The poem of the Tesoretto, written in a jingling metre, which reminds one of the Vision of Piers Ploughman, is itself a Vision, with the customary allegorical personages of the Virtues and Vices. Ser Brunetto, returning from an embassy to King Alphonso of Spain, meets on the plain of Roncesvalles a student of Bologna, riding on a day mule, who informs him that the Guelfs have been banished from Florence. Whereupon Ser Brunetto, plunged in meditation and sorrow, loses the highroad and wanders in a wondrous forest. Here he discovers the august and gigantic figure of Nature, who relates to him the creation of the world, and gives him a banner to protect him on his pilgrimage through the forest, in which he meets with no adventures, but with the Virtues and Vices, Philosophy, Fortune, Ovid, and the God of Love, and sundry other characters, which are sung at large through eight or ten chapters. He then emerges from the forest, and confesses himself to the monks of Montpellier; after which he goes back into the forest again, and suddenly finds himself on the summit of Olympus; and the poem abruptly leaves his discoursing about the elements with Ptolemy,

"Mastro di storlomia
E di filosofia."

It has been supposed by some commentators that Dante was indebted to the Tesoretto for the first idea of the Commedia. "If any one is pleased to imagine this," says the Abbate Zannoni in the Preface to his edition of the Tesoretto, (Florence, 1824,) "he must confess that a slight and almost invisible spark served to kindle a vast conflagration." The Tesoro, which is written in French, is a much more ponderous and pretentious volume. Hitherto it has been known only in manuscript, or in the Italian translation of Giamboni, but at length appears as one of the volumes of the Collection de Documents inedits sur l'Histoire de France, under the title of Li Livres dou Tresor, edited by P. Chabaille, Paris, 1863; a stately quarto of some seven hundred pages, which it would assuage the fiery torment of Ser Brunetto to look upon, and justify him in saying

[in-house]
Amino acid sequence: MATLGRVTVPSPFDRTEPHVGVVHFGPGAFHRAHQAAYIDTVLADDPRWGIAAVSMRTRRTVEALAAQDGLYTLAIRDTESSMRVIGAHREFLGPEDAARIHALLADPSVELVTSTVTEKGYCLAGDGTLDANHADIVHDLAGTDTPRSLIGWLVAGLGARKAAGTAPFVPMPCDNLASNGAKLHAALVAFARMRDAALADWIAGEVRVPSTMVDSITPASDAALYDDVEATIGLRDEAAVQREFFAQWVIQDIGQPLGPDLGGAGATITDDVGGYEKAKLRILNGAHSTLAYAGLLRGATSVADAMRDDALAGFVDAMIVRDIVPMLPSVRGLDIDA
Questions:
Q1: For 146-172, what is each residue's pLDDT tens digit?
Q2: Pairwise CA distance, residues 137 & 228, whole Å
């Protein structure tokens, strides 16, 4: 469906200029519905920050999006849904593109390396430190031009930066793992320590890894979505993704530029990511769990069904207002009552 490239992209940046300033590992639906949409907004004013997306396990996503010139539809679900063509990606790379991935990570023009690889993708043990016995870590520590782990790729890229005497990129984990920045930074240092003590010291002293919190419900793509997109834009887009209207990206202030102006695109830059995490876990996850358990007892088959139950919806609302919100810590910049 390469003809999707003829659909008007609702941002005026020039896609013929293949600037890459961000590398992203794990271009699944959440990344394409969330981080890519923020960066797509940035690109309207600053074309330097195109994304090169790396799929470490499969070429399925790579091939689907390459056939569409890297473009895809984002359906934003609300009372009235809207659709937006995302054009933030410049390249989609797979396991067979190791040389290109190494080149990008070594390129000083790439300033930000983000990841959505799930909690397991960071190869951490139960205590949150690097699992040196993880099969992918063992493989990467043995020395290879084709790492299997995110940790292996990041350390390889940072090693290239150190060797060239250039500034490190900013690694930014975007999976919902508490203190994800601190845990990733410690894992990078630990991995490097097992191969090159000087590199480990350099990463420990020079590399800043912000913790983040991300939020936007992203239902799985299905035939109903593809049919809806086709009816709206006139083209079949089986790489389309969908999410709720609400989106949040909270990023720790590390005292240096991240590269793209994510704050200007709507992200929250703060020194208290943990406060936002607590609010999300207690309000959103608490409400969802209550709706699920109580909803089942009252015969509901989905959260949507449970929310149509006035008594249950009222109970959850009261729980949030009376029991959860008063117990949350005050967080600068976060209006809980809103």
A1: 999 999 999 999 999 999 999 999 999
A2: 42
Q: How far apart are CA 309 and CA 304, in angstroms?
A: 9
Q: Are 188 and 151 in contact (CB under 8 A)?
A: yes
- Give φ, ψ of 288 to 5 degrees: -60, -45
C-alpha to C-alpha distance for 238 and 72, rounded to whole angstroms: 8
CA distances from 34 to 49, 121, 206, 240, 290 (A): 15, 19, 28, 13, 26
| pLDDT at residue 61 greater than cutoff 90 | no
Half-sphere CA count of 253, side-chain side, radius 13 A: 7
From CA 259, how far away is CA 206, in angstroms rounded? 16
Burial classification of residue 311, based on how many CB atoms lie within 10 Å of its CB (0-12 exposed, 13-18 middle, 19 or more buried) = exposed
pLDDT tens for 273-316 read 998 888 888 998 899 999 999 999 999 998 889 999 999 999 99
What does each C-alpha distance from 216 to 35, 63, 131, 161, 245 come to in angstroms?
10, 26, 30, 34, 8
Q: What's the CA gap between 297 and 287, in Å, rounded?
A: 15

"Commended unto thee be my Tesoro,
In which I still live, and no more I ask."